We recognise that this is a very difficult time for our young people. Normal daily routine, physical interaction with others, extra-curricular clubs and hobbies are all on hold or severely disrupted. These aspects of day-to-day life are important to all of us, but can be especially significant during teenage years; their absence can have a real impact on mental health and wellbeing. It’s really important that we recognise this, make a conscious effort to focus on self-care, and put helpful strategies in place to lift our moods if needed. Showing an interest in what your child is working on and encouraging discussions about their learning will help them to maintain a positive attitude and boost their motivation. Encouraging them to stick to a healthy sleep routine can also be extremely helpful, and some exercise outside each day, even a walk round the block, can make a real difference.
The continuous interaction with others through live lessons will also have a positive impact on students as it ensures a consistent routine.
We are promoting daily form time activities which have a focus on young people’s well-being. Miriam, our Chaplain, is posting daily positivity challenges to encourage a positive outlook during this time. There are also opportunities to join live assemblies, which will hopefully remind students that they are part of a wider community and we are all in this together.
If students need any help and support they should contact the Student Liaison Officer or Achievement Leader for their year group by email and we will offer direct support as always. Please follow this link for a reminder of staff members supporting each year group: Pastoral care | Trinity Academy Cathedral (trinitymat.org)
The website Young Minds is also a very helpful resource if you are looking for further advice on supporting your child’s wellbeing: Coronavirus and mental health (youngminds.org.uk)
My child is in Y11; how are you offering further support to this key year group?
We are aware that it is a time of great uncertainty for our Y11 students. We are keeping them regularly updated through assemblies and will ensure they understand the process as soon as information is shared about how their grades will be decided. They will be the first year group to have a parents’ evening, and we are working hard to keep them focused on their next steps in each of their subject areas, as we know the work they are producing will still impact on their final grades.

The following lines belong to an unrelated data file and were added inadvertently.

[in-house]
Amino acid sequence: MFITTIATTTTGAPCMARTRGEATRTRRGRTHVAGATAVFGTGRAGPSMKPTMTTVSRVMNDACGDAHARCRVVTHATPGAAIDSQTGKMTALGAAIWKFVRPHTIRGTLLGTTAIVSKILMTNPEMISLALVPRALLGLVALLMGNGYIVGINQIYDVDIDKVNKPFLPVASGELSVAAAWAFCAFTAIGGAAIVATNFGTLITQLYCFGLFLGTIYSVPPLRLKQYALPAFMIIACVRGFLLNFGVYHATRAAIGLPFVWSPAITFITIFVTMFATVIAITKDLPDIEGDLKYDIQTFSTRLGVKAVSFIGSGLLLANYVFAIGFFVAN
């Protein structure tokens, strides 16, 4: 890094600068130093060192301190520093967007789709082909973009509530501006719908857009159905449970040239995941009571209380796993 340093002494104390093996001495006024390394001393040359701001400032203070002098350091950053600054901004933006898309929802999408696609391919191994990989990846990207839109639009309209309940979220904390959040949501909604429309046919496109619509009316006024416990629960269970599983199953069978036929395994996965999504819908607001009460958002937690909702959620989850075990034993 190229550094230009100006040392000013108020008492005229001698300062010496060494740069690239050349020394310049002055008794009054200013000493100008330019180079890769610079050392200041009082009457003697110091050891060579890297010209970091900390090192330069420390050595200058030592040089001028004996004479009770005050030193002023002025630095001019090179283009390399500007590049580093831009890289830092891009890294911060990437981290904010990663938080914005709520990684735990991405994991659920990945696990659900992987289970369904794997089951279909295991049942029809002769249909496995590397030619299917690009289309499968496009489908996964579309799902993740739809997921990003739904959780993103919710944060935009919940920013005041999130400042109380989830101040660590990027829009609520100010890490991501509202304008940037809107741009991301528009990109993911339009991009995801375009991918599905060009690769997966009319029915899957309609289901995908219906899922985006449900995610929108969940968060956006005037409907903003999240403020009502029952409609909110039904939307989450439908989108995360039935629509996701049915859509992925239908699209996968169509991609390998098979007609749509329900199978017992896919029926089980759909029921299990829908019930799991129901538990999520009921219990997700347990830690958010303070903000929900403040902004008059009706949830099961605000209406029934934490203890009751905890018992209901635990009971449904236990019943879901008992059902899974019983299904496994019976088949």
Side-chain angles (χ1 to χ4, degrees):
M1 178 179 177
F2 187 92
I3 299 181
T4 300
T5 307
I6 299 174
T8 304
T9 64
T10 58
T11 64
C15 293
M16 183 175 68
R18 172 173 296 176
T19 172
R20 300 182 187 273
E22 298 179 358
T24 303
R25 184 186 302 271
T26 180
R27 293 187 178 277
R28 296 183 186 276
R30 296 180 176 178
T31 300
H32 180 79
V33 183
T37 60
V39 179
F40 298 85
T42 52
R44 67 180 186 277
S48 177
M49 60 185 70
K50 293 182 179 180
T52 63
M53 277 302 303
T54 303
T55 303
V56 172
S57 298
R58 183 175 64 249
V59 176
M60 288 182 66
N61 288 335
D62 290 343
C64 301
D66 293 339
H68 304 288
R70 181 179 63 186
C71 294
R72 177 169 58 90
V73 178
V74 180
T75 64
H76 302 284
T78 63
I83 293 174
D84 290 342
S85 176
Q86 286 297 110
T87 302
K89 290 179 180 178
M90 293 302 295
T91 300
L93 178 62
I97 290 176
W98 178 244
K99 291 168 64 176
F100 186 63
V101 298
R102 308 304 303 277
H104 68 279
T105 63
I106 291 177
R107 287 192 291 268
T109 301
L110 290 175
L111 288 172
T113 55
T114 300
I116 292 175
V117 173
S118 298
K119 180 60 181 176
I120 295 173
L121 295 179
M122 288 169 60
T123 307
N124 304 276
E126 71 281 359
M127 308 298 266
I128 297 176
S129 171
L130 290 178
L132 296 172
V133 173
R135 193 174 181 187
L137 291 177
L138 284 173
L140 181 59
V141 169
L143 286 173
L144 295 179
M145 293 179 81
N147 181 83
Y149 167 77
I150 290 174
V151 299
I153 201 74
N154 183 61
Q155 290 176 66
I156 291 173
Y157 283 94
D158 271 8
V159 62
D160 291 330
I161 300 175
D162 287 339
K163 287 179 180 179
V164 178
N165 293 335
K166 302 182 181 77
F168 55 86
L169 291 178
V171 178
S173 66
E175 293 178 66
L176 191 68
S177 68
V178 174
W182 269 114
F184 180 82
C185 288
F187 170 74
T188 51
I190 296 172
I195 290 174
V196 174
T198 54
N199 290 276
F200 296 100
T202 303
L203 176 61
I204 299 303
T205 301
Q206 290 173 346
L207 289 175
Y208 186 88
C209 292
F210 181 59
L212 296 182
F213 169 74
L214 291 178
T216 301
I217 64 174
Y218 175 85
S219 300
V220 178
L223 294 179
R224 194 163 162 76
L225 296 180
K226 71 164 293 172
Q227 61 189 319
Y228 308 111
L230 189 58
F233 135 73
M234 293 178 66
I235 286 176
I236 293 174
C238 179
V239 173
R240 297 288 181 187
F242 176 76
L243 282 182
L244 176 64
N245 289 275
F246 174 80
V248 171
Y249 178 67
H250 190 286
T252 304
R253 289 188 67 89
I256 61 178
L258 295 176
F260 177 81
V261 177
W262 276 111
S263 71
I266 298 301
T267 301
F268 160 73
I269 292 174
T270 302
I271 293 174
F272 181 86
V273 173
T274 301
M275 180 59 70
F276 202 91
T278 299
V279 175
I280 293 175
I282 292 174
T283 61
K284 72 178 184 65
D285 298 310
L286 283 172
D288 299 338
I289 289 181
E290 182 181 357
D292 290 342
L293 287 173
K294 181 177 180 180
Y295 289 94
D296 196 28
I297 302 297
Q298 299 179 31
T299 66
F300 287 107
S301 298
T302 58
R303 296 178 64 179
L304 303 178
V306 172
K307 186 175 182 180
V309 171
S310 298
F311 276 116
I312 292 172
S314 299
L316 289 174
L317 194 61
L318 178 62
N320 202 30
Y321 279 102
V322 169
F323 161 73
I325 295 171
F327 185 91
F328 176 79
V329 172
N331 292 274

We are conducting online careers interviews and supporting students with college applications whilst they are at home. Please contact Mrs Roberton SRoberton@cathedral.trinitymat.org for specific college or careers questions. Mrs Coulson LCoulson@cathedral.trinitymat.org and Mr Brooke ABrooke@cathedral.trinitymat.org are also available for any specific advice needed around Y11 support.
How are you supporting children with SEND?
Remote learning can be particularly challenging for some of our students with Special Educational Needs and Disabilities, and therefore many of our SEND students are attending school during this time. All of our students with SEND had a discussion about their feelings about remote learning from the first lockdown when they returned to school in September and our one page profiles, which summarise the specific needs of each student, were updated to reflect their perspective. Each student in the SEND cohort is receiving phone call check ins from a member of the SEND team and support around learning and technology is being put in place.
We have a specific approach to online learning for our most vulnerable cohorts in Y7 and 8 who require a lot of support around literacy and self-regulation. Paper packs to support the live lessons have been provided in some subject areas.
We are also exploring ways to utilise the technology to provide specific LSA support for online lessons where students would normally receive this support in schools. Microsoft Teams has a ‘breakout’ room function, and some students will receive 1:1 or small group support from an LSA after the main teacher input, to support them with their independent work.
Please contact our SENDCO Mr Harrison for more information about our SEND provision: OHarrison@cathedral.trinitymat.org